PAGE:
Tag Archives: silence

9 June, Going Viral XXXIX: Marta, Martha!

Another extract from Rev Jo Richards’ daily updates. The Good Shepherd statue is in St Mildred’s Church, within her benefice.

Good morning to you all, and hope this finds you well, as we are here. 
With respect to the possibility of opening our church buildings for private prayer: thank you to those who have offered to help with cleaning, which  we will need to do, and continue to do as and when we do open.


Our reading this morning for morning prayer was that of Mary and Martha, and the phrase that leapt out at me when reading it was “Marta, Martha, you are worried and distracted by so many things; there is need for only one thing. Mary has chosen the better part, which will not be taken away from her”  Luke 10:41-2. This has certainly been a time for some, and by no means all, to sit quietly at the feet of Jesus, and listen, to be, rather than constantly doing. We can (and I for one) can so easily be distracted by so many things. We are after all, ‘human beings and not human doings’ (one of my favourite sayings of Richard Rhor). Today in our liturgy we have been asked to remember Saint Columba, of the Iona community, who founded monasteries both in Ireland, and on Iona, which to this day remains a place for pilgrimages and retreats. Please find attached some information regarding retreats from St Augustine’s College of theology, for retreats from home.
Morning Prayer:https://youtu.be/t8RPstCVxqE
Scams: Please be aware that there are scams around re track and trace (see attached, from Jeanie Armstrong), but please do be careful
God Bless you all, and keep connected, keep praying and keep safe
Jo🙏🙏🙏

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9 June; Of Syllables and Steps, Singing and Silence: II

chris-preaching

There is a moment of truth in ‘A Midsummer Night’s Dream’ when the latent emotions of the rude mechanicals’ play emerge to touch their audience at the wedding feast. At Mass there should be moments of truth. Despite the crooked translation, it is for ministers, to the best of their ability, to speak the words, to love the Word as though it were alive, as though they believe it, as though it were awesome; from ‘In the Name of the Father’ by way of ‘The Word of the Lord’, ‘Through your goodness’, ‘This is my Body’, ‘the Body of Christ’ (looking the communicant in the eye), to ‘Go in Peace’. A challenge, truly.

There are moments in liturgy as in life, when silence can and should be observed:

Let us not speak, for the love we bear one another —

Let us hold hands and look.”

She, such a very ordinary little woman;

He, such a thumping crook;

But both, for a moment, little lower than the angels

In the teashop’s ingle-nook.

John Betjeman, ‘In a Bath Teashop’

Silence can bring focus and awe: when I led Children’s Liturgy of the Word at the parish Mass I used to ask my ‘very ordinary’ child readers to count to ten in their heads to allow reflection between the bidding – let us ask God to …, and its prayer – Lord hear us.

Silence between the consecration and the acclamation; silence before inviting everyone to join in the Lord’s Prayer, silence after communion: these can inspire a sense of awe. All should participate in these silences, unlike the silence of the old rite with the priest mumbling prayers and not really silent at all, and the congregation praying the Rosary.

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8 June: Of Syllables and Steps, Singing and Silence: I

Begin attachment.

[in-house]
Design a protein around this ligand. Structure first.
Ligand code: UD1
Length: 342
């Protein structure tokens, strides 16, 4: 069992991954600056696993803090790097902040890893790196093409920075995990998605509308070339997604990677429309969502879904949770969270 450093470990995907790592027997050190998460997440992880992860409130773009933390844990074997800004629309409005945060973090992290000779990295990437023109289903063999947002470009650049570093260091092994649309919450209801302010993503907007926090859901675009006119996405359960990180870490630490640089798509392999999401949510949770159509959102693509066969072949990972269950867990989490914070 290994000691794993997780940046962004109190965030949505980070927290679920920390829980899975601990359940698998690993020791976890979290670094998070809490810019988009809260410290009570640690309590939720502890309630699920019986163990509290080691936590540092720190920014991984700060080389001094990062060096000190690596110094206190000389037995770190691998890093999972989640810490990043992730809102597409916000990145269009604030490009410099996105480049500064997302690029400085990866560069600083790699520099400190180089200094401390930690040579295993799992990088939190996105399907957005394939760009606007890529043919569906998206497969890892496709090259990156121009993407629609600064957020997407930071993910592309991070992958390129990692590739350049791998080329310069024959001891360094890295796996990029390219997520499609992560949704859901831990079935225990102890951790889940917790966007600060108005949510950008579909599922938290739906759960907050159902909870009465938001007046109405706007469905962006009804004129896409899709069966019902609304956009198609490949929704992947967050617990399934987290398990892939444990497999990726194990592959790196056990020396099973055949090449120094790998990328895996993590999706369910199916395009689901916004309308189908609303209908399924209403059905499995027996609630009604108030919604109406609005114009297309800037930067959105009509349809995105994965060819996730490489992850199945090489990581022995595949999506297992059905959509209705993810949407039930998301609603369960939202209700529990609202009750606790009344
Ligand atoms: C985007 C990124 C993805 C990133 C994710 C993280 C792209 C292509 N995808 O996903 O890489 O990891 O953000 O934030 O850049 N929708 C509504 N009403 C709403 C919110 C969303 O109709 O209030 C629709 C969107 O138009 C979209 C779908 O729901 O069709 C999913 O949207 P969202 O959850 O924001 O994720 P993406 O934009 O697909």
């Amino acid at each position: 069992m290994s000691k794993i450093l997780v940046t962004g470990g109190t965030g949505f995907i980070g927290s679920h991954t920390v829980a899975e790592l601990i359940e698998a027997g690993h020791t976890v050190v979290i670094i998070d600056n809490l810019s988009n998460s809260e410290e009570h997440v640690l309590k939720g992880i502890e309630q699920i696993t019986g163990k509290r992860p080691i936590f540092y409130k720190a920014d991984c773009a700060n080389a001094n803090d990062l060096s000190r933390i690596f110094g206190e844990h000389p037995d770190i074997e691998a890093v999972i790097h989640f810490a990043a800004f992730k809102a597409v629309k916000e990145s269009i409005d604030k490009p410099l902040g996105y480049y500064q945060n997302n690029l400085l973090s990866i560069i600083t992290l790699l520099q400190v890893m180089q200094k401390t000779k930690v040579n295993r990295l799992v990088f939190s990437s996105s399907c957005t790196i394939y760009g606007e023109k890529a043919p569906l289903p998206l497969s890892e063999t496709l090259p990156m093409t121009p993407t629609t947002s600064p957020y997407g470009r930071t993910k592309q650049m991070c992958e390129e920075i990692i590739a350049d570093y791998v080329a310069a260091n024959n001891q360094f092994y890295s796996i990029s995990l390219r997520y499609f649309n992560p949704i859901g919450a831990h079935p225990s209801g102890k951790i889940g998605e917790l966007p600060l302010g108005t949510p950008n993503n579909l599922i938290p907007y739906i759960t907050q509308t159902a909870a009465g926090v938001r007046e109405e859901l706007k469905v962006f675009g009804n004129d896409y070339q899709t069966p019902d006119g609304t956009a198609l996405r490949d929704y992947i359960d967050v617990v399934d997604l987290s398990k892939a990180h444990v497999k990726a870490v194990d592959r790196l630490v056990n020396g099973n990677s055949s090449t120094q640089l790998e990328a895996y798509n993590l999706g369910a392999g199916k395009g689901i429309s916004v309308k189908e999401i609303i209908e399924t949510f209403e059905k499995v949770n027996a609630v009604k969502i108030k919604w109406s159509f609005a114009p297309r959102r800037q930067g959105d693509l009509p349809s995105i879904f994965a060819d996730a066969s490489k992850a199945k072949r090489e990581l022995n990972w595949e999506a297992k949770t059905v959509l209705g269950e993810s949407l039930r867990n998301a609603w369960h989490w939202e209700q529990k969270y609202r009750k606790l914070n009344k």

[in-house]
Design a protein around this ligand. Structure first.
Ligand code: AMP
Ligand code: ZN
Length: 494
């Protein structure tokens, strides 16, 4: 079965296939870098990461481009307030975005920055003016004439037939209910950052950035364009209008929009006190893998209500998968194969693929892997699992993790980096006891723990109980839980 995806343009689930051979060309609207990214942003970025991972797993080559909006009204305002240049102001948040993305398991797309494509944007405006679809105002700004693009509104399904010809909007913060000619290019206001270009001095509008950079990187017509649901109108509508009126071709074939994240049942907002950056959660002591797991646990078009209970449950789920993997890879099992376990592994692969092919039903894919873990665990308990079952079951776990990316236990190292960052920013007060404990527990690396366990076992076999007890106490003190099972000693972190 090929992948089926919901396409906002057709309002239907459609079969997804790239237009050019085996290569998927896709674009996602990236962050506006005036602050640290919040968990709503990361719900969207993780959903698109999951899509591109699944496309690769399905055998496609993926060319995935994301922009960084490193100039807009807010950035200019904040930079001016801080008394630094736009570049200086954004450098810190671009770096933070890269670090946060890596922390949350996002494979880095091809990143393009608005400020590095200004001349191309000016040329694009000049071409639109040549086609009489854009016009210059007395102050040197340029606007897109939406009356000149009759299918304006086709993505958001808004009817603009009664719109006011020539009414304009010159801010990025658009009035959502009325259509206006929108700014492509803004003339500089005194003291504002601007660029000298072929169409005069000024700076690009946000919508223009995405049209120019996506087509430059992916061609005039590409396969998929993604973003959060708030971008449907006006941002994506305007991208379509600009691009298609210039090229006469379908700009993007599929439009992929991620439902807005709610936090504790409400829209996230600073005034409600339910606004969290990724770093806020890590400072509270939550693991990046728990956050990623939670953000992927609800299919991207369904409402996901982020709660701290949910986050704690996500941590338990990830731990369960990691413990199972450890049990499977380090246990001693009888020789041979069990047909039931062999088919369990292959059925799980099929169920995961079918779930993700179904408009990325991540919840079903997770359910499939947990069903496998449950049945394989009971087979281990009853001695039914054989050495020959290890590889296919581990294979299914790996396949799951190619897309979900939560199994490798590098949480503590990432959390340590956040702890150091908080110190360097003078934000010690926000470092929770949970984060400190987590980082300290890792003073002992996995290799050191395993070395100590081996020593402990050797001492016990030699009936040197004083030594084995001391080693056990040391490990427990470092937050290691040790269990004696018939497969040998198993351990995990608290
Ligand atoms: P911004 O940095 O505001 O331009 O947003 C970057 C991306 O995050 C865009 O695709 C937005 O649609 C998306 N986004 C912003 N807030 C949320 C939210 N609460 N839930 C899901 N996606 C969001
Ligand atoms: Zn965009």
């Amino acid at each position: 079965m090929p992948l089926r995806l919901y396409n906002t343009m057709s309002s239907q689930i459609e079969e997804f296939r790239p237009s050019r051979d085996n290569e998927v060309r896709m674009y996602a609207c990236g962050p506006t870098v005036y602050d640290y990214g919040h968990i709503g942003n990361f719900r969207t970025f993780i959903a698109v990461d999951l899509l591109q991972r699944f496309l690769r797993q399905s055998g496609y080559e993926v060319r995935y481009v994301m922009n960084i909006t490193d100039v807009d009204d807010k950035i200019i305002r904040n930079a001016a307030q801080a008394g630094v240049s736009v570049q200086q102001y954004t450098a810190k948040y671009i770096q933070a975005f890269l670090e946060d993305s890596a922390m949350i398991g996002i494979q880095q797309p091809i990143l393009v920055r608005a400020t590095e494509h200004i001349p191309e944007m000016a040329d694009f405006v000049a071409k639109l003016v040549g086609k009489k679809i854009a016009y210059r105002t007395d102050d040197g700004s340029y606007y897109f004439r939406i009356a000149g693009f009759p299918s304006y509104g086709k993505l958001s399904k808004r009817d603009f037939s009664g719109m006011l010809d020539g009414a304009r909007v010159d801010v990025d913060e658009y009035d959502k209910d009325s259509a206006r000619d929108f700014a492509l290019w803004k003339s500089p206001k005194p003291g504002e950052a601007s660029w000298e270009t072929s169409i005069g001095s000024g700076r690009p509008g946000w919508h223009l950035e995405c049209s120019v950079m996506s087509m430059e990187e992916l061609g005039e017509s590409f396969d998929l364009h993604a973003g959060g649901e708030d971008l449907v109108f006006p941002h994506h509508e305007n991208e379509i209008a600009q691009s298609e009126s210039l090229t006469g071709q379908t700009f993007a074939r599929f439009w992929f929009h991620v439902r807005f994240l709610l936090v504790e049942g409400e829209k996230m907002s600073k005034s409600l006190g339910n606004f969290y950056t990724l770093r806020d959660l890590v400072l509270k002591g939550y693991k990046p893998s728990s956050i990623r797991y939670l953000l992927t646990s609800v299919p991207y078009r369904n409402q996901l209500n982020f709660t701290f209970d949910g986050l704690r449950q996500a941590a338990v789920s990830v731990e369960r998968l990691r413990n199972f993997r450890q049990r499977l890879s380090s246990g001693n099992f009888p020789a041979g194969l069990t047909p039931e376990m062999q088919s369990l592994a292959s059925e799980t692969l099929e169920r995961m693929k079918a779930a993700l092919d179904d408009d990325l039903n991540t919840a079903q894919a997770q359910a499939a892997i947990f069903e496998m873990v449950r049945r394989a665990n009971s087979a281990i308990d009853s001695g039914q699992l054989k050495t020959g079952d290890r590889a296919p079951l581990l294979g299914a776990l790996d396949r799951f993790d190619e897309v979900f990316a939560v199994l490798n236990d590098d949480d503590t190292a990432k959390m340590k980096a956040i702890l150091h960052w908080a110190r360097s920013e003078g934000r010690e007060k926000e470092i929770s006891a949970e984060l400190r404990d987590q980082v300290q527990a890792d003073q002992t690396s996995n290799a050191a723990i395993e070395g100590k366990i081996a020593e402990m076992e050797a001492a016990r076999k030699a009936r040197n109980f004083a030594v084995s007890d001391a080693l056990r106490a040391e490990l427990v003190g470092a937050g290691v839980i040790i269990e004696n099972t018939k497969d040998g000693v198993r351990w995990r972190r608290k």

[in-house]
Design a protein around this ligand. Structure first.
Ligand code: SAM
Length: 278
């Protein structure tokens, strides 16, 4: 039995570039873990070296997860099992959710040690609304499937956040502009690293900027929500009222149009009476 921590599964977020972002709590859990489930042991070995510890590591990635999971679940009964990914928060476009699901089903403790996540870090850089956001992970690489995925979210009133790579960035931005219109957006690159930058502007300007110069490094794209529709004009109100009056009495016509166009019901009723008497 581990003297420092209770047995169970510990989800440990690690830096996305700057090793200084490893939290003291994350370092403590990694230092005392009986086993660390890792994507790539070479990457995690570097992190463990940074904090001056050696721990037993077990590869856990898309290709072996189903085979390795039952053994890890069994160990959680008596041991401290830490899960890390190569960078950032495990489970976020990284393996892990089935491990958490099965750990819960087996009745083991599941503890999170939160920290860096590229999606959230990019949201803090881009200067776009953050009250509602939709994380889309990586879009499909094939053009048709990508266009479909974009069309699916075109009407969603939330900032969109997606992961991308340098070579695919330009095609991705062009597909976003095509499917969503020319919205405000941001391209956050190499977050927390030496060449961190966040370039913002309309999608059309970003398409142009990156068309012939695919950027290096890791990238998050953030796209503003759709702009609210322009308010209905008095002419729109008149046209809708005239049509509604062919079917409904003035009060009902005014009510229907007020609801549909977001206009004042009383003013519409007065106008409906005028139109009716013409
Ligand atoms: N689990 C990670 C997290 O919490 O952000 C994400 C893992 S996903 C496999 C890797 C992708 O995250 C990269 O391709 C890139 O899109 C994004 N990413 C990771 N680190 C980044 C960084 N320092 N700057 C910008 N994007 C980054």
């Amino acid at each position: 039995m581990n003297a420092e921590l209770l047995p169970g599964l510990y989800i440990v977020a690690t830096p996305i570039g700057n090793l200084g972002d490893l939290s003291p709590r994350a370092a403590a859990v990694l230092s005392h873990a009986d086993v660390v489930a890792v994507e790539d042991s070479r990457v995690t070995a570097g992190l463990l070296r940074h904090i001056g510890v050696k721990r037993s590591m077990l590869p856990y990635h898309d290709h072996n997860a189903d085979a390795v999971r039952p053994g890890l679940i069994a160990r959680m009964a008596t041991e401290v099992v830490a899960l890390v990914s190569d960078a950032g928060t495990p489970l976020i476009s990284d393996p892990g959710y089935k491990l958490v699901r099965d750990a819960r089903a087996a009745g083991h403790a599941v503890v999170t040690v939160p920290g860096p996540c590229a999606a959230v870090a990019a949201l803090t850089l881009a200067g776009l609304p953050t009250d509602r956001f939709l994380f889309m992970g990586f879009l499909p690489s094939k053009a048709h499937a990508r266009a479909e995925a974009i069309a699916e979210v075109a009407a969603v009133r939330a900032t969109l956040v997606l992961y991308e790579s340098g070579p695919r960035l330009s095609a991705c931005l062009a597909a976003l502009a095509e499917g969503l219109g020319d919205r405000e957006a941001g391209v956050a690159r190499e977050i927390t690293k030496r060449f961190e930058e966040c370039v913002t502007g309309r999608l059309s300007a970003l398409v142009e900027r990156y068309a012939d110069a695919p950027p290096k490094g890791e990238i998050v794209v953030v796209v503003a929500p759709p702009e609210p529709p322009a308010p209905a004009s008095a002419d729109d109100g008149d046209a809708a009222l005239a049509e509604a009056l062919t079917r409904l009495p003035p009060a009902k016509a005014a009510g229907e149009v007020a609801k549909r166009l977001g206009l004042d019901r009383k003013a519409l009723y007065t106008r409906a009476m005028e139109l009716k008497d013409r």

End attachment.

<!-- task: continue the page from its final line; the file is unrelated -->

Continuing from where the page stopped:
eastergarden (640x365)

My wife and I often sit together in silence, or work quietly in the garden together, unafraid of the absence of words. It’s the same when I am working at L’Arche Kent’s garden; most of the time we are all of us content just to get on with our tasks quietly. Gardening is a visual art, and like a good film, the action often proceeds in silence – especially the action of the Unseen Gardener.

For our wedding anniversary once we burrowed under the Channel to Lille, where patronal loyalty drew us to Mass at the Church of Saint Maurice. Silence was an effective part of the liturgy, as was that essential component of the motion picture, the movement of people. Blessed with a big church in a depopulated city centre, priests and congregation opened the Word in the nave before processing towards the altar after the homily.

Before the homily – silence.

For some minutes the priests joined the rest of us in contemplation before the preacher opened his lips. All were ready to listen. Silence had allowed us a period of reflection and, dare I say awe; a deeper hearing of the Word that was enhanced by the homily.

All this is a roundabout reflection on today’s Liturgy just before Corpus Christi. I am firmly in the camp that holds that the language at Mass, spoken and unspoken, should be readily understood by those present. Although mostly the priest is addressing God, there is no need for long or rare words – the Lord knows what we want to say even before we do. What can I give him, poor as I am? I can raise my heart and mind to him, but I often find myself deliberately switching the mind off, as the translation we have now is a stumbling block, inelegant, inharmonious; puzzling rather than enlightening.

And yet …

MMB

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17 May: Night Prayers and more.

A short while after he saw the swimming friars, George Borrow had to sleep at a riverside inn to catch the steamer en route to North Africa. There was not much room at the inn …

“I now laid my carpet bag on the bench as a pillow, and flung myself down.  I should have been asleep instantly, but he of the red nightcap now commenced snoring awfully, which brought to my mind that I had not yet commended myself to my friend and Redeemer: I therefore prayed, and then sank to repose. I was awakened more than once during the night by cats, and I believe rats, leaping upon my body.  At the last of these interruptions I arose, and looked at my watch; it was half-past three o’clock.  I opened the door and looked out; whereupon some fishermen entered clamouring for their morning draught: the old man was soon on his feet serving them.  One of the men said to me that, if I was going by the steamer, I had better order my things to the wharf without delay, as he had heard the vessel coming down the river.  I dispatched my luggage, and then demanded of the red nightcap what I owed him.  He replied “One real.”  These were the only two words which I heard proceed from his mouth: he was certainly addicted to silence, and perhaps to philosophy, neither of which are much practised in Andalusia.